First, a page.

This will help the plant retain moisture better and keep adequate humidity levels around the plant while it gets used to being indoors.
The final, and most difficult way, to grow rosemary is from seed. The reason growing rosemary from seed is so difficult is because the seed is known for its poor germination rate.
Begin by filling your planter with loamy, well-draining soil. Plant four to five seeds in a circular growing container. If you’re growing rosemary in an elongated container, you’ll want to plant even more.
Plant them around ¼ inch deep in the soil. Cover the seeds lightly with dirt and wrap the container with plastic wrap to help retain moisture. It creates a greenhouse effect.
The seeds should grow in a warm location as well. You can also place your containers on a grow mat to ensure the seeds are receiving enough heat.
Once the seeds sprout, it’s time to add light. You can place the plants in a sunny location or under a grow light.
Don’t be disappointed if you have a low germination rate. This is why you planted so many seeds in the beginning.
After the seedlings are starting to grow, decide which plants are the strongest. Use scissors to cut the others off at soil-level. If you’re using a round container, you’ll only need one plant per container.
Regardless of the method you use to grow rosemary, make sure you always keep rocks in the drainage pan of your planter.
Rosemary wants to maintain dry roots. By placing rocks in the drainage pan, it ensures the plant is never left sitting in water.
You now have three different methods for how you can begin growing rosemary indoors. It’s now time to learn how to care for your plants properly.
Caring for Rosemary Indoors
Rosemary plants have specific needs which must be met for this plant to thrive indoors. The herbs need water, humidity, fertilizer, proper airflow, and should be transplanted when needed.
Use the deep watering method when caring for rosemary. Place the plant in your kitchen sink and apply water until it’s running out of the base of the container.
Leave the plant in the sink to finish draining prior to placing it back in its growing location. When the soil appears dry, stick your finger into it next to the plant.
If the soil is dry to the first knuckle, it’s time for another watering session. If not, hold off until another day.
Rosemary should be fertilized from spring through fall. Use an all-purpose fertilizer and apply it one time per month.
Some gardeners may not realize that rosemary can become a larger plant. Some grow to be as tall as four feet in height.
When growing the herb indoors, you may not want a plant this big. Don’t get concerned. Instead, when the plant begins to outgrow it’s growing container, transplant it.
At the time of transplant, trim the roots of the plant down by a third of their original size. Add fresh soil and plant it in a new container.
It’s also wise to grow rosemary in a room that has a fan because this helps to increase airflow around the plant. This herb is susceptible to fungal diseases, and this can help keep them at bay.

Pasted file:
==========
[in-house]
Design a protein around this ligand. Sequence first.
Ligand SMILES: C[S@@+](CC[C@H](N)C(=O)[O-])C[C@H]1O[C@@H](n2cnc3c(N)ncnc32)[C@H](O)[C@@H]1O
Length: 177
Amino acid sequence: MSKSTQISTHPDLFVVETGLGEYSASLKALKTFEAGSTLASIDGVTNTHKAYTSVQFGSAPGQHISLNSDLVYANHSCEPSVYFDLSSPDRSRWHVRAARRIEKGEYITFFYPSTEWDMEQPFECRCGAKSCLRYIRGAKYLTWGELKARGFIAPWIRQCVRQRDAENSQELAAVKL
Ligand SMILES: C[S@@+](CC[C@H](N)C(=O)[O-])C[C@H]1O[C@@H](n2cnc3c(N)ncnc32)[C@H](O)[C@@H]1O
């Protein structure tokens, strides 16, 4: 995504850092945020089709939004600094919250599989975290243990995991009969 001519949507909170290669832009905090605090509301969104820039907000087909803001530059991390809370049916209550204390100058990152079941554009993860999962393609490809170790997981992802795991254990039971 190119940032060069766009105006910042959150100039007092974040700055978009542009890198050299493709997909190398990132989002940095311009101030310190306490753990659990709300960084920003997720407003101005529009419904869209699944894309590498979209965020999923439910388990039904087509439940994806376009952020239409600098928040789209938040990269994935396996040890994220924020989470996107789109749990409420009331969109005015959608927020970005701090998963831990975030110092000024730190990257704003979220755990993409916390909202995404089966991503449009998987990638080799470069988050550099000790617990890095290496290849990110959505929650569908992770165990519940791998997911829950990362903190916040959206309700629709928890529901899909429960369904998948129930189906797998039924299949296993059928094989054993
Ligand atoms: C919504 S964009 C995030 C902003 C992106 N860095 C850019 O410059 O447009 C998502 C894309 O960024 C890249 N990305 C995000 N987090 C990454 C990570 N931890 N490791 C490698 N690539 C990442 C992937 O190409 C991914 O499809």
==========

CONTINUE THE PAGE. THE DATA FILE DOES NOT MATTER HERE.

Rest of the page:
The final thing you must do when caring for rosemary is provide some humidity. You must keep a balance because if you provide too much humidity, you increase the plant’s chance of contracting powdery mildew.
Therefore, you should avoid growing rosemary in naturally humid rooms of your home, such as a bathroom.
Yet, you should keep a spray bottle of water on hand to spritz the plant with it one time per week. This will help keep the humidity levels where they need to be.
Rosemary isn’t the easiest herb to care for but, with a little practice, you could become great at maintaining balance when providing for the plant.
Pests and Diseases Which Could Impact Rosemary Indoors
There are a few pests and diseases you must be aware of when growing rosemary indoors. The pests which most commonly impact rosemary in an indoor setting are aphids and whiteflies.
The good news is they’re easy to treat. If you see signs of either pest, spray the plant with an insecticidal soap.
Powdery mildew is the main disease known for impacting rosemary in an indoor setting. You can deter this disease by having adequate airflow around the plant and avoiding too much humidity.
You can also treat the plant with a fungicide as a preventative and to help cure any signs of the disease on your plant.
Stay aware of these potential problems and, even if your plants become impacted by them, you should be able to treat the issues before major damage occurs.
How to Harvest Rosemary
Don’t harvest your rosemary plants until they’re well-established. Once they’re mature and thriving, you can harvest at any time.
The more frequently you harvest, the healthier the plant should become. Use scissors to cut sprigs of the plant which are two to three inches long.
Don’t cut too closely to the soil, or the plant won’t be able to grow back. When your harvest is complete, you can use the herb fresh or dry it for later use.
You’ve now grown rosemary from start to finish. This herb does require more care than some other common herbs.
However, the extra work is worth it when you consider the delicious flavor the plant provides. If you need a gorgeous herb to decorate your home, and one that you might cook with regularly, consider adding rosemary to your indoor herb garden.